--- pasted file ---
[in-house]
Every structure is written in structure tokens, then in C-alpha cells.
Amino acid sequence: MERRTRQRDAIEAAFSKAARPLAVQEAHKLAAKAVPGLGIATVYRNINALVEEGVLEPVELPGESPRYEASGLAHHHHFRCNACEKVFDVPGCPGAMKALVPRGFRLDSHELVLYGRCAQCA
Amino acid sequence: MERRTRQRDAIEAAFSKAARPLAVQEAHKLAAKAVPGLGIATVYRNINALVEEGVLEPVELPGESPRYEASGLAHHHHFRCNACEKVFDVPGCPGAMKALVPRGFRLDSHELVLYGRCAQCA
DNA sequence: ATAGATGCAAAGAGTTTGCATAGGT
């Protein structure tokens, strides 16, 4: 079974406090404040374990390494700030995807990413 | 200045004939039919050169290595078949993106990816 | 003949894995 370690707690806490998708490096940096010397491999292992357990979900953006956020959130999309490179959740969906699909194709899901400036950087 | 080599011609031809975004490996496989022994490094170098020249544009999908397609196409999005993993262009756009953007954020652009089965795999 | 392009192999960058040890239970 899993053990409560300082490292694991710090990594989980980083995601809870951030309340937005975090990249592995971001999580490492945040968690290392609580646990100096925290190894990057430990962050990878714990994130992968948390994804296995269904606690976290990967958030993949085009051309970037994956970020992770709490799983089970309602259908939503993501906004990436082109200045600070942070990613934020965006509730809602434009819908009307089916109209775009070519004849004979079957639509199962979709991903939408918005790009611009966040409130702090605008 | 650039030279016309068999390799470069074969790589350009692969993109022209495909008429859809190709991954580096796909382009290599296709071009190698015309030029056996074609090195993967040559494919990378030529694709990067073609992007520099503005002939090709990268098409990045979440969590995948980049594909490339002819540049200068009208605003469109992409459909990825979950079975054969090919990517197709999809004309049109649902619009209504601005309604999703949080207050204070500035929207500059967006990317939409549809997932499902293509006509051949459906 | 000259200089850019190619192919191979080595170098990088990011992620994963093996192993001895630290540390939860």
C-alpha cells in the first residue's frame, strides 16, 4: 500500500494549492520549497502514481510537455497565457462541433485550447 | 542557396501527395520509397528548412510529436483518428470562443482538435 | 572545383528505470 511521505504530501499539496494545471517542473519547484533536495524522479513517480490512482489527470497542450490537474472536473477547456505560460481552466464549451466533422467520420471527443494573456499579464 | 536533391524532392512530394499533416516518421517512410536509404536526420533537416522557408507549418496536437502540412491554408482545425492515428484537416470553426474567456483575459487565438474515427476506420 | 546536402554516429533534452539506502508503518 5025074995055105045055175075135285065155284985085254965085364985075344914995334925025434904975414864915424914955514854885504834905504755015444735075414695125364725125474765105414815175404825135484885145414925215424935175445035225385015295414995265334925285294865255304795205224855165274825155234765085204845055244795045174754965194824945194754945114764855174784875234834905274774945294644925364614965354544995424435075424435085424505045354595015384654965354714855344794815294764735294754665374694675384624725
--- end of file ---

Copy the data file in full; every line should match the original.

[in-house]
Every structure is written in structure tokens, then in C-alpha cells.
Amino acid sequence: MERRTRQRDAIEAAFSKAARPLAVQEAHKLAAKAVPGLGIATVYRNINALVEEGVLEPVELPGESPRYEASGLAHHHHFRCNACEKVFDVPGCPGAMKALVPRGFRLDSHELVLYGRCAQCA
Amino acid sequence: MERRTRQRDAIEAAFSKAARPLAVQEAHKLAAKAVPGLGIATVYRNINALVEEGVLEPVELPGESPRYEASGLAHHHHFRCNACEKVFDVPGCPGAMKALVPRGFRLDSHELVLYGRCAQCA
DNA sequence: ATAGATGCAAAGAGTTTGCATAGGT
């Protein structure tokens, strides 16, 4: 079974406090404040374990390494700030995807990413 | 200045004939039919050169290595078949993106990816 | 003949894995 370690707690806490998708490096940096010397491999292992357990979900953006956020959130999309490179959740969906699909194709899901400036950087 | 080599011609031809975004490996496989022994490094170098020249544009999908397609196409999005993993262009756009953007954020652009089965795999 | 392009192999960058040890239970 899993053990409560300082490292694991710090990594989980980083995601809870951030309340937005975090990249592995971001999580490492945040968690290392609580646990100096925290190894990057430990962050990878714990994130992968948390994804296995269904606690976290990967958030993949085009051309970037994956970020992770709490799983089970309602259908939503993501906004990436082109200045600070942070990613934020965006509730809602434009819908009307089916109209775009070519004849004979079957639509199962979709991903939408918005790009611009966040409130702090605008 | 650039030279016309068999390799470069074969790589350009692969993109022209495909008429859809190709991954580096796909382009290599296709071009190698015309030029056996074609090195993967040559494919990378030529694709990067073609992007520099503005002939090709990268098409990045979440969590995948980049594909490339002819540049200068009208605003469109992409459909990825979950079975054969090919990517197709999809004309049109649902619009209504601005309604999703949080207050204070500035929207500059967006990317939409549809997932499902293509006509051949459906 | 000259200089850019190619192919191979080595170098990088990011992620994963093996192993001895630290540390939860």
C-alpha cells in the first residue's frame, strides 16, 4: 500500500494549492520549497502514481510537455497565457462541433485550447 | 542557396501527395520509397528548412510529436483518428470562443482538435 | 572545383528505470 511521505504530501499539496494545471517542473519547484533536495524522479513517480490512482489527470497542450490537474472536473477547456505560460481552466464549451466533422467520420471527443494573456499579464 | 536533391524532392512530394499533416516518421517512410536509404536526420533537416522557408507549418496536437502540412491554408482545425492515428484537416470553426474567456483575459487565438474515427476506420 | 546536402554516429533534452539506502508503518 5025074995055105045055175075135285065155284985085254965085364985075344914995334925025434904975414864915424914955514854885504834905504755015444735075414695125364725125474765105414815175404825135484885145414925215424935175445035225385015295414995265334925285294865255304795205224855165274825155234765085204845055244795045174754965194824945194754945114764855174784875234834905274774945294644925364614965354544995424435075424435085424505045354595015384654965354714855344794815294764735294754665374694675384624725